Making Terms for the Inevitable Airline Bailout
THURSDAY, MARCH 19, 2020 -- Not a dollar. Not a dime. Not a penny.

Now that I've gotten it out of my system, let's face reality: Of course airlines are going to get a bailout. It's inevitable. The only question is terms. And, boy, do we need to impose terms and conditions.

Airlines deserve our opprobrium, not an appropriation. Naturally they will return our national generosity with blinding misanthropy. And they will continue to lie with breathtaking audacity.

Nicholas Calio, the Bush I flunky who runs the airline trade association, went on Fox Business this morning and claimed that the 9/11 bailout had "too many strings." You will recall that we gifted the airlines $5 billion. Literally, handed them a $5 billion check, the equivalent of $17.85 sucked from the wallets of every man, woman and child in the country. Then we lavished airlines with loans and loan guarantees, we funded their insurance, we assumed their security responsibility, we let them keep travel taxes and eventually permitted them to shed billions in pension obligations via bankruptcy filings.

Over the ensuing 20 years, airlines responded to our laundry list of aid with a laundry list of hateful policies we know so well. I'd let them burn for their lies and their arrogance, but that won't happen. Tomorrow, next week, next month, we'll rescue their detestable asses again.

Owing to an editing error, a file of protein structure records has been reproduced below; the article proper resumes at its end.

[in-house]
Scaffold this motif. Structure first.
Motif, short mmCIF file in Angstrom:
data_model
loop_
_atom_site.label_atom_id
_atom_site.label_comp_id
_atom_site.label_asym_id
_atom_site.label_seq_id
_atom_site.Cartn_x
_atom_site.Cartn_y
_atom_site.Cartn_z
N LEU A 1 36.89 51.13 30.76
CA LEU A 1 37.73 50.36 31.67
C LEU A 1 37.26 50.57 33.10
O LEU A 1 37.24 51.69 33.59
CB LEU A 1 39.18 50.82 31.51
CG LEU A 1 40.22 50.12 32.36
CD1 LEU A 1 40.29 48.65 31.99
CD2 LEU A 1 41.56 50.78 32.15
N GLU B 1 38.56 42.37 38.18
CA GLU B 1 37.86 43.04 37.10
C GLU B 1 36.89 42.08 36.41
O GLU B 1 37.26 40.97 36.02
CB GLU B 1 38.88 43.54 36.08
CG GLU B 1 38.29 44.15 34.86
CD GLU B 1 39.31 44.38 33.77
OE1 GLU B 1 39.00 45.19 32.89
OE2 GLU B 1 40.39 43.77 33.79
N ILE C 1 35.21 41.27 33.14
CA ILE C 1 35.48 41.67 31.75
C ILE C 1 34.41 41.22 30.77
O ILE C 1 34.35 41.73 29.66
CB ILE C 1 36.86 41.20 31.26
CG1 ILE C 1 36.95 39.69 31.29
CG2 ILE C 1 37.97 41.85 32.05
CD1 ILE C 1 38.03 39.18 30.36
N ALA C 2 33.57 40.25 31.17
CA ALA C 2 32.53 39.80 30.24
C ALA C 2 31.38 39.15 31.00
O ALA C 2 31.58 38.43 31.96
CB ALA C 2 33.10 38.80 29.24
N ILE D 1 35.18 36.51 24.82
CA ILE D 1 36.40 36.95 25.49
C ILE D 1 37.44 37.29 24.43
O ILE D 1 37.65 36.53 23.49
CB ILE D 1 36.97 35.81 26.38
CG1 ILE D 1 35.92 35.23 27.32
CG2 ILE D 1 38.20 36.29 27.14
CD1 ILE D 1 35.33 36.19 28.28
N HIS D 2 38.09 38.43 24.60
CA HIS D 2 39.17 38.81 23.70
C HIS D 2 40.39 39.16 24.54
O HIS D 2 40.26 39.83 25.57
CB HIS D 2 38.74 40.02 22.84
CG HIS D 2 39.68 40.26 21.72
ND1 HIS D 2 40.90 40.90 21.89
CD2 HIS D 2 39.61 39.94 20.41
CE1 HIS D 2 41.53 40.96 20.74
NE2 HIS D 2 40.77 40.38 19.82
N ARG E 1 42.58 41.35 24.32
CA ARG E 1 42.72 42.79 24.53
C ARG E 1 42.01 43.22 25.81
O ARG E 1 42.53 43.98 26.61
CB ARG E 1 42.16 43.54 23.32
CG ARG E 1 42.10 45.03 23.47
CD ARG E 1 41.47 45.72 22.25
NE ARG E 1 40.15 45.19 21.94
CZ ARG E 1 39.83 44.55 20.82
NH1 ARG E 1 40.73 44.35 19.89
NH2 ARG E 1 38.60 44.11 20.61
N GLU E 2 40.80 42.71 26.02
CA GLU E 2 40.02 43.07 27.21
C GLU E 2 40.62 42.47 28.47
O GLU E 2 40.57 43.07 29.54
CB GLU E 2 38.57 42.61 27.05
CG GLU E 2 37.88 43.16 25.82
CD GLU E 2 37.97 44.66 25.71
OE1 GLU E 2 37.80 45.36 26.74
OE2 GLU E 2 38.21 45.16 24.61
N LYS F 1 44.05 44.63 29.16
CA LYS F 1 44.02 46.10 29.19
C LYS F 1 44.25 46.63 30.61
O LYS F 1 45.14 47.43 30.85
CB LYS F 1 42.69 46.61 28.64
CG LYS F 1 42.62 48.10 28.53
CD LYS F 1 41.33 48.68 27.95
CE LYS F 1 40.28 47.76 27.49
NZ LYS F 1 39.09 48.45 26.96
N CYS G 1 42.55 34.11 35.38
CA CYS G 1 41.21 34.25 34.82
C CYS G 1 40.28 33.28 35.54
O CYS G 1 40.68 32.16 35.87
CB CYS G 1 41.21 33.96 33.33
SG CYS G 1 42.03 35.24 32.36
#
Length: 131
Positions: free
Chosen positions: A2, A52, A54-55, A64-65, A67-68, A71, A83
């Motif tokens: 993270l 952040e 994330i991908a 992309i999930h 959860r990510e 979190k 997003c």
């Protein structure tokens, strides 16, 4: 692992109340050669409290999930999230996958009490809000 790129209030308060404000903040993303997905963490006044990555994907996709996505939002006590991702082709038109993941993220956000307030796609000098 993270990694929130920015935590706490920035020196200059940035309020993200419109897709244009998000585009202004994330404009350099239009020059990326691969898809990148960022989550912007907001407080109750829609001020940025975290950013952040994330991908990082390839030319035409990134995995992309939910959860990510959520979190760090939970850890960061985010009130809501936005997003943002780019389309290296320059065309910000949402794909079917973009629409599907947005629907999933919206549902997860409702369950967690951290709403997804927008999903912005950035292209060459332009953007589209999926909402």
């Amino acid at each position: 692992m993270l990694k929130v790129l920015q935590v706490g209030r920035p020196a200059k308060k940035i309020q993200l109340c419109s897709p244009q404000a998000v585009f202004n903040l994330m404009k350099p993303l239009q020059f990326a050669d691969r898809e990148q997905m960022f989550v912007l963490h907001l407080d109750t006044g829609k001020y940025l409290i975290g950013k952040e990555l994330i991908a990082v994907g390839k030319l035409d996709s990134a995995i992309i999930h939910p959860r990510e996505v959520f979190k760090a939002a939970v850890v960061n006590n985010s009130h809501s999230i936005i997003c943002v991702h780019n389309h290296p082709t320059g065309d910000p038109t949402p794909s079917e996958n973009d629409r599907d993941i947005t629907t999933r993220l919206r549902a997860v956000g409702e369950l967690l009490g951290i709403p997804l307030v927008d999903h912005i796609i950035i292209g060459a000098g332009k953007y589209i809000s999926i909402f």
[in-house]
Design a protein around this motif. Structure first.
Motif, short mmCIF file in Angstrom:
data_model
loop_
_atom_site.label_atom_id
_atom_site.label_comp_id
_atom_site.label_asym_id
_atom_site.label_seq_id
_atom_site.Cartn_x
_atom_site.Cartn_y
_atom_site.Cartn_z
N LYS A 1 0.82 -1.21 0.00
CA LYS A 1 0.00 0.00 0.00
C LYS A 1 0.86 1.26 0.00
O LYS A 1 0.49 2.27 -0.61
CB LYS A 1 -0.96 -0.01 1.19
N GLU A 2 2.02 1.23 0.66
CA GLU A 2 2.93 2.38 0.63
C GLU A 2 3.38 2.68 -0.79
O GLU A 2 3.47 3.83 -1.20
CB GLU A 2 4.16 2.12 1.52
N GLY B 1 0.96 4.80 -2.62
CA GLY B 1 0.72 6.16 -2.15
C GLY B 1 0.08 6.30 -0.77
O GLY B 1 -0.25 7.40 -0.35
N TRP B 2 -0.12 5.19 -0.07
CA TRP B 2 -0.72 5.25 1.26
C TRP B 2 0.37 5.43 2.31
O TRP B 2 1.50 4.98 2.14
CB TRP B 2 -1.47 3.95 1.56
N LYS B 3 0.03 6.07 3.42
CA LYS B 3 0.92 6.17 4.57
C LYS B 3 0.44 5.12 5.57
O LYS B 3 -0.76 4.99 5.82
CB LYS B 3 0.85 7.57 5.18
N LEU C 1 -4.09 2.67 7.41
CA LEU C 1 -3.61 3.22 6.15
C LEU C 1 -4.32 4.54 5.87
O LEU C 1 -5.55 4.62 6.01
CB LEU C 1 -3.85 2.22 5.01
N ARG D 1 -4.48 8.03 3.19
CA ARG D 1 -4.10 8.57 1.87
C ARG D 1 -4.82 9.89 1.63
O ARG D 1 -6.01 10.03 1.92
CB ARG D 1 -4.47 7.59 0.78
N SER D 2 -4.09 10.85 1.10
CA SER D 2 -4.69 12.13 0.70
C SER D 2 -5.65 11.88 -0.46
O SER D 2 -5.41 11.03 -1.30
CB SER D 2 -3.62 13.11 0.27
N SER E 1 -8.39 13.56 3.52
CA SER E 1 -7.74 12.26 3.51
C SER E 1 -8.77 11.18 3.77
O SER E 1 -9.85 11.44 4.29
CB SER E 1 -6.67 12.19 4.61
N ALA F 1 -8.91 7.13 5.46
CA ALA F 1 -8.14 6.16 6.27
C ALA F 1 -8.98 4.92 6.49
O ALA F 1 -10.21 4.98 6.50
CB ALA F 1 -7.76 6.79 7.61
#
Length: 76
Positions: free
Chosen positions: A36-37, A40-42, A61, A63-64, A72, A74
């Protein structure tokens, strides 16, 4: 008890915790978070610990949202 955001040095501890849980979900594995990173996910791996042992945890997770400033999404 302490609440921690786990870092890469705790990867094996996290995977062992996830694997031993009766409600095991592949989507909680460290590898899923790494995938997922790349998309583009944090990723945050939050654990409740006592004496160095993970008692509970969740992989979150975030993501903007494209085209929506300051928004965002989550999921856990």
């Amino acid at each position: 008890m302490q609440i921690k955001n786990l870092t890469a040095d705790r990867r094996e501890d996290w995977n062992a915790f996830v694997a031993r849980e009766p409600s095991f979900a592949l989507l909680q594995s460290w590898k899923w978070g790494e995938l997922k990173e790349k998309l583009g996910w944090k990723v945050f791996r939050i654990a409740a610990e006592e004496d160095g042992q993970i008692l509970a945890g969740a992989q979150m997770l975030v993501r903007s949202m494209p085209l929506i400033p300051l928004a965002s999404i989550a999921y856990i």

But let's not be fooled again. They didn't appreciate or reciprocate our generosity 20 years ago. This time, we must put appropriate restraints on any aid provided. This time, we must get it right.

What we need to do, however, is put aside our airline hot buttons. We don't have time to argue over baggage fees or the execrable operational details. The aid must be conditioned on fixing the structural weaknesses exposed by this current crisis. We can argue forever about unfair frequent flyer plans and Basic Economy rip-offs. But we don't have forever. We only have time to fix the immediate issues.

So whether the airlines get a buck, a billion or a bazillion, we must impose these realistic conditions in the time of Coronavirus.

The frightening reality of the Covid-19 strain of Coronavirus is that it's not going away any time soon. There's no cure, no treatment, no vaccine. This could be with us for months or years. Even assuming it subsides in late spring and summer, it'll certainly flare up again in the fall. So unless you want to ground the system indefinitely, we need social separation on planes.

The simple solution: Empty middle seats. At least until this crisis is medically conquered, airlines must leave the middle seat empty and leave an empty seat between coach passengers in 4- and 5-seat rows on widebodies. Given the outlook, this won't even cost the airlines anything. It'll be years before they get back to 67 percent load factors. But until we get the medical all-clear, we must make any airline aid contingent on the guarantee of a one-seat separation between passengers

Once upon a time--that's the ancient era before deregulation--all U.S. airlines were required to interline and cross-honor each other's tickets. Airlines have gradually refused to honor each other's tickets, often over petty squabbles about reimbursement rates. Southwest Airlines has never interlined because it's cheaper if you don't.